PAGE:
I cook on both of them. Electric and gas.. and my food comes out to die for. I have been told many times my food tastes wonderful.. Its all about the ingredients.. and of course like I like to tell everyone.. cooking from the "heart"
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Old 03-17-2008, 01:29 PM
 
Location: N of citrus, S of decent corn
34,525 posts, read 42,694,765 times
Reputation: 57174
Quote:
Originally Posted by cynwldkat View Post
I hear you loud and clear!! I am not a "born" cook and although as kshe said no one is a born cook---I do believe it does come easier for some. I'm not to big on tasting things while putting them together and even if I do I can't tell if I like it! Crazy, I know. I am totally amazed at how so many people can put things together off the top of their heads and have it turn out so great. Right here on the food forum there are so many excellent recipes I have tried and so far they've all been good. This is the first time I have really ventured out with my cooking and am really enjoying it all. Course, I've also enjoyed getting to know the cooks too. If I can finally be doing better with cooking I know you can too!!
I have a theory that maybe right-brained people are better cooks...that is more artistic than mathmatical.
Cooking for me is like artistic expression. Maybe folks who say they are bad cooks are just not into the process as much....But then, they probably have actual, marketable skills.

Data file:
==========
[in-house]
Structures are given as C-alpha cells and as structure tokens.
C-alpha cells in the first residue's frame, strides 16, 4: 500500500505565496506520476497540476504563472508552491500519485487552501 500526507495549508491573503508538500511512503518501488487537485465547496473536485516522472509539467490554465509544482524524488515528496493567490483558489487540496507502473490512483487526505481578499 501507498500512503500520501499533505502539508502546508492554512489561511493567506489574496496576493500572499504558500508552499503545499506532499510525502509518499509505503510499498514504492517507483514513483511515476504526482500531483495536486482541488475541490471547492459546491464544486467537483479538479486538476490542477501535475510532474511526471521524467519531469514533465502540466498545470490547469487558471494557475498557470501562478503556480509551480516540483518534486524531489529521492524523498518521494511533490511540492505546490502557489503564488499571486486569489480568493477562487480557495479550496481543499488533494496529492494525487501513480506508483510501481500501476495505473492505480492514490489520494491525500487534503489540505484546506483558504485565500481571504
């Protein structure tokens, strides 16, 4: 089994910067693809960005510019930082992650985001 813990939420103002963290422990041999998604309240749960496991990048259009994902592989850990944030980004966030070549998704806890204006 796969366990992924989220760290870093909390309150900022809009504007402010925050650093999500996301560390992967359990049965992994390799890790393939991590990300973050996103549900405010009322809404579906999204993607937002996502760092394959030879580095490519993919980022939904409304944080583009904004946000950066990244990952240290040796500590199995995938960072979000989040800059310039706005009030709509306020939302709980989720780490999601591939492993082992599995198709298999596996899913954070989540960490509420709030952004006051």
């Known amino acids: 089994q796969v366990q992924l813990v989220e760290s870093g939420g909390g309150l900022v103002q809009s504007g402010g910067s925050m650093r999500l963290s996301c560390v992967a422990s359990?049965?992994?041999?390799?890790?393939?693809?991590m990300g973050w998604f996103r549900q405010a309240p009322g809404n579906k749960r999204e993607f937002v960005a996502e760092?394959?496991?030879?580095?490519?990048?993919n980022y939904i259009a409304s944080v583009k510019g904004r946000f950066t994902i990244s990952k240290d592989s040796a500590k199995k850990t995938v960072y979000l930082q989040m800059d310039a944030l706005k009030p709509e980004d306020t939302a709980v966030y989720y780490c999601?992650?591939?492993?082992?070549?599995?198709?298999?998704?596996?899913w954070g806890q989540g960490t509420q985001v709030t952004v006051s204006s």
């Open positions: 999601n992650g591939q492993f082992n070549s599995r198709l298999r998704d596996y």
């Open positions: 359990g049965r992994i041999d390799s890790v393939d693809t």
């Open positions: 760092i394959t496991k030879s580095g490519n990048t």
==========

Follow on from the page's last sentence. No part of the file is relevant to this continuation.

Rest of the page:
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Old 03-17-2008, 01:48 PM
 
170 posts, read 825,302 times
Reputation: 150
Both cooking and baking (and they are different! I went to culinary school as a pastry chef and had to explain why I wanted to be a pastry chef instead of a savory chef in the interview process) require the understanding of basic techniques. Some people say that cooking is an art and baking is a science and I fully agree.

Start cooking plain simple food. Understand what a chicken is supposed to taste like. Understand that some herbs enhance but too much quickly becomes overpowering. Don't do a riff on a recipe that you've never tried and try to substitute ingredients or proportions. Make it a couple of times and then add your own touch.

And read, read, read and watch cooking programs. Often though they are all about restaurant techniques and use equipment that you may not have. Remember even the simplest things like cutting something to the wrong size or not having a uniform size in your vegetables or meats for example will affect the final outcome.
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Old 03-17-2008, 02:16 PM
 
Location: In a house
21,902 posts, read 20,891,721 times
Reputation: 14812
Quote:
Originally Posted by gentlearts View Post